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Make your home fire resistant | Local

WASHINGTON DC – Wildfires are often unpredictable. With nearly nine out of 10 wildfires caused by humans, people can make the biggest difference by paying attention to weather, fire restrictions and safe practices to prevent wildfires from starting. Homeowners in or near forested areas have a unique role to play: working proactively to prepare their property and home for wildfires.

The Forest Service is partnering with the National Fire Protection Association and its Firewise Communities, a program that teaches people how to adapt to living with wildfires and encourages neighbors to band together and take action now to prevent losses. According to the association, the number of homes lost each year to wildfires has increased 163%, and wildfires now cost the U.S. an estimated $63 billion to $285 billion per year in losses. The association also notes that nearly 45 million homes border or intermingle with natural areas and that more than 72,000 U.S. communities are now at risk.

This means that people living in communities near open spaces should take steps to increase the chance that a wildfire will not consume their property. Firewise yards are protected by areas of grass, rocks or evergreen ground covers that enclose the house, creating an area where high-intensity fires have little to burn.

This space is necessary to slow or stop the spread of wildfires and helps protect your home from fire, either through direct flame contact or radiant heat. Defensible space is also important for protecting the firefighters defending your home.

Here are the key steps of the National Fire Protection Association’s Firewise program:

In and around your home

  • Remove leaves and other debris from gutters, eaves, porches and patios. This prevents embers from setting your house on fire.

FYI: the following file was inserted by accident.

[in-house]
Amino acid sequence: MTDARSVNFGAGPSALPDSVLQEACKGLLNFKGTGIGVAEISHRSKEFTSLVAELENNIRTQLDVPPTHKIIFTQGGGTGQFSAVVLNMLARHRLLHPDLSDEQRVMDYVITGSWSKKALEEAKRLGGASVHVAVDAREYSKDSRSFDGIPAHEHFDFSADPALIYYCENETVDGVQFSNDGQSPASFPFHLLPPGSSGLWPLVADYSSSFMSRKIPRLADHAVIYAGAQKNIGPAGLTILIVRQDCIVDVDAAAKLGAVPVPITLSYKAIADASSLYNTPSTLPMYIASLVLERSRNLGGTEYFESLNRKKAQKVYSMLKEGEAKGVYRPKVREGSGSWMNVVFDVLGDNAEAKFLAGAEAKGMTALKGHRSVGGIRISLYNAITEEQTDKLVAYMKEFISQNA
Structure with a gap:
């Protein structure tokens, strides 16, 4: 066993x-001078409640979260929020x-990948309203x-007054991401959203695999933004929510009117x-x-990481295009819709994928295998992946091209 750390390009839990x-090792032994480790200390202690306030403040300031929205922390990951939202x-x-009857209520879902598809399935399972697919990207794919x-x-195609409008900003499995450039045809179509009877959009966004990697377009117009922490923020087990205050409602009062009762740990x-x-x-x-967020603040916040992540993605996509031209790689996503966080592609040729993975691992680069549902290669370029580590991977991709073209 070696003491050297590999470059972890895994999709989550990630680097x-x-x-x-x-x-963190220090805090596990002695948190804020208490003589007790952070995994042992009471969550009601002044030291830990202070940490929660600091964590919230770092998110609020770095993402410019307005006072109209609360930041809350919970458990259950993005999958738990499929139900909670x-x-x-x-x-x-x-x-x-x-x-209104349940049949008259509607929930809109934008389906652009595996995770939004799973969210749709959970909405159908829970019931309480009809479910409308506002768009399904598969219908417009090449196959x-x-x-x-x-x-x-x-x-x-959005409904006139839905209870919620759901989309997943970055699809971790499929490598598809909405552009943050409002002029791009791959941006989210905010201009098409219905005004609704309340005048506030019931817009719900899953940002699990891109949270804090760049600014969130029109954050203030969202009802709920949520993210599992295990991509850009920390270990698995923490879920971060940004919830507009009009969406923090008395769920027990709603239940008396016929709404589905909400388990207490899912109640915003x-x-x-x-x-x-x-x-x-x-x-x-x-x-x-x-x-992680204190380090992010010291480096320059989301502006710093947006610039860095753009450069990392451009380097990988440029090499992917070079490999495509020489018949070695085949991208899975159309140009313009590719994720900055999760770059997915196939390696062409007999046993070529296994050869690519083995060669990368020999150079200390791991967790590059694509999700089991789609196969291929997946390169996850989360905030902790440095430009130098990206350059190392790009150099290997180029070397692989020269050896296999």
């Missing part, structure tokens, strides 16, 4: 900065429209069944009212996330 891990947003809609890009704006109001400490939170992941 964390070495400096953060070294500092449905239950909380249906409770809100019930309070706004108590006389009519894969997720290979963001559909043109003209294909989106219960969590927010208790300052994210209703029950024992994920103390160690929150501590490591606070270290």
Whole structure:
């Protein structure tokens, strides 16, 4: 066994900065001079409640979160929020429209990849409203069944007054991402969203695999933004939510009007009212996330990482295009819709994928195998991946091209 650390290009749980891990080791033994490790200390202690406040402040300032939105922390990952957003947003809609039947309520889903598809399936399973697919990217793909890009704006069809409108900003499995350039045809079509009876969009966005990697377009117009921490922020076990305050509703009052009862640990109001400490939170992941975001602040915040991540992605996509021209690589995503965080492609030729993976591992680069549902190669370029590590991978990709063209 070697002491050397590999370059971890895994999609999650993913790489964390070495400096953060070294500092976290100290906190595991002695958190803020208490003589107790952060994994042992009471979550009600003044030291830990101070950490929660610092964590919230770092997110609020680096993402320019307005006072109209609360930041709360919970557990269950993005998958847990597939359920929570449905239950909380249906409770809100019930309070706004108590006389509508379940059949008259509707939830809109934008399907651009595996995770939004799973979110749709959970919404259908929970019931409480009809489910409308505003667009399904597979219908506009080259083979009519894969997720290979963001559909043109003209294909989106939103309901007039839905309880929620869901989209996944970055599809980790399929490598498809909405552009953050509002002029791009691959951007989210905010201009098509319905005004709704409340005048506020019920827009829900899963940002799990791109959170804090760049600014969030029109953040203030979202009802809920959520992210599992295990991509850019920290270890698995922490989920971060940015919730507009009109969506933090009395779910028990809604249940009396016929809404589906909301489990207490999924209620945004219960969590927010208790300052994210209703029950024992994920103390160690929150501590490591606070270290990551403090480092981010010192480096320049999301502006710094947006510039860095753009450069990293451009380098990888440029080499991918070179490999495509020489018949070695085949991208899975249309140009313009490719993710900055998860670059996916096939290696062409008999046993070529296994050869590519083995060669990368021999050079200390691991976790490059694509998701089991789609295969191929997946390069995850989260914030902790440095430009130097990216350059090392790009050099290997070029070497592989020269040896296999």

• Remove dead vegetation and other objects from under your patio or porch, and within 10 feet of the house. Learn more about the basics of defensible space on the Firewise website.
  • Screen or box-in areas under patios and decks with wire mesh to prevent dirt and flammable materials from accumulating.
  • Remove flammable materials (piles of firewood, propane tanks) within 30 feet of the foundation of your home and outbuildings, including garages and sheds. If it could catch fire, make sure it doesn’t touch your house, patio or porch.
  • Wildfires can spread to treetops. Prune trees so that the lowest branches are 6 to 10 feet from the ground.
  • Keep your lawn hydrated and maintained. If it is brown, cut it off to reduce the burning intensity. Dry grass and shrubs fuel wildfires.
  • Do not leave dirt and grass clippings behind. Dispose of these items quickly to reduce fuel for fire.
  • Inspect shingles or tiles. Replace or repair loose or missing parts to prevent embers from entering.
  • Cover exterior attic vents with metal mesh no larger than 1/8 inch to prevent sparks from entering the home.
  • Seal vents or screens under the eaves and in the ceiling with metal mesh to prevent embers from entering.
  • Learn more about how to protect your home and property at www.firewise.org.

Make an emergency plan

  • Assemble an emergency supply kit and place it in a safe place. Don’t forget to include important documents, medications and personal identification.
  • Develop an emergency evacuation plan and practice it with everyone in your home.
  • Plan two ways to leave your neighborhood and designate a meeting place.
  • Learn more about emergency preparedness on the NFPA’s emergency planning web page.

In your community:

  • Check with your local planning/zoning office to find out if your home is in a high-risk area for wildfires and if there are any specific local or state ordinances you must follow.
  • If you belong to a homeowners association, work with them to establish regulations that include proven preparedness in landscaping, home design and use of building materials.
  • Talk to your local fire department about how to prepare, when to evacuate, and what response you and your neighbors can expect in the event of a wildfire.
  • Learn about efforts to reduce wildfire risk, including how land management agencies use prescribed fire to manage local landscapes.
  • Find out how you can make a positive difference in your community.